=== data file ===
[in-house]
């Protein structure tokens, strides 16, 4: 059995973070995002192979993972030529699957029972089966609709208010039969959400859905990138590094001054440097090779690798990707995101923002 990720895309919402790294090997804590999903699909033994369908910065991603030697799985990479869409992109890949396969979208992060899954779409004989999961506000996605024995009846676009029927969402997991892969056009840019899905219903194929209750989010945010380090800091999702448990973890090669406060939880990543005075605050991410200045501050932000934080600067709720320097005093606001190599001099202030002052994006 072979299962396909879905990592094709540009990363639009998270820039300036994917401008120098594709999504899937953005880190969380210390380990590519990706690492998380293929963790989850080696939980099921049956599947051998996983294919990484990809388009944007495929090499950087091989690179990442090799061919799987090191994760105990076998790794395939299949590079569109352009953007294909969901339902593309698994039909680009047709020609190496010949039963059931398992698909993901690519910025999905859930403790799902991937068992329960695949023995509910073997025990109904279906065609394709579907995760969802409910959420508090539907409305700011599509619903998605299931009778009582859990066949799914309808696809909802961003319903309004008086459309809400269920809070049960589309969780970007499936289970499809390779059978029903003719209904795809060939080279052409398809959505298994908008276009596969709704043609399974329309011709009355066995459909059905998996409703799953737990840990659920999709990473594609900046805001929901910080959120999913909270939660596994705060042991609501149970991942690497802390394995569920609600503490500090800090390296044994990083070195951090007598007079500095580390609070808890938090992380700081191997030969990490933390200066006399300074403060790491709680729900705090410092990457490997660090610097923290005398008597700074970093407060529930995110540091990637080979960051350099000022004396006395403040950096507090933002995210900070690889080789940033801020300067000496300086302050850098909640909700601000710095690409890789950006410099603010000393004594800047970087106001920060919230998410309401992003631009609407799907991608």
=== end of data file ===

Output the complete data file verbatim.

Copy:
[in-house]
């Protein structure tokens, strides 16, 4: 059995973070995002192979993972030529699957029972089966609709208010039969959400859905990138590094001054440097090779690798990707995101923002 990720895309919402790294090997804590999903699909033994369908910065991603030697799985990479869409992109890949396969979208992060899954779409004989999961506000996605024995009846676009029927969402997991892969056009840019899905219903194929209750989010945010380090800091999702448990973890090669406060939880990543005075605050991410200045501050932000934080600067709720320097005093606001190599001099202030002052994006 072979299962396909879905990592094709540009990363639009998270820039300036994917401008120098594709999504899937953005880190969380210390380990590519990706690492998380293929963790989850080696939980099921049956599947051998996983294919990484990809388009944007495929090499950087091989690179990442090799061919799987090191994760105990076998790794395939299949590079569109352009953007294909969901339902593309698994039909680009047709020609190496010949039963059931398992698909993901690519910025999905859930403790799902991937068992329960695949023995509910073997025990109904279906065609394709579907995760969802409910959420508090539907409305700011599509619903998605299931009778009582859990066949799914309808696809909802961003319903309004008086459309809400269920809070049960589309969780970007499936289970499809390779059978029903003719209904795809060939080279052409398809959505298994908008276009596969709704043609399974329309011709009355066995459909059905998996409703799953737990840990659920999709990473594609900046805001929901910080959120999913909270939660596994705060042991609501149970991942690497802390394995569920609600503490500090800090390296044994990083070195951090007598007079500095580390609070808890938090992380700081191997030969990490933390200066006399300074403060790491709680729900705090410092990457490997660090610097923290005398008597700074970093407060529930995110540091990637080979960051350099000022004396006395403040950096507090933002995210900070690889080789940033801020300067000496300086302050850098909640909700601000710095690409890789950006410099603010000393004594800047970087106001920060919230998410309401992003631009609407799907991608």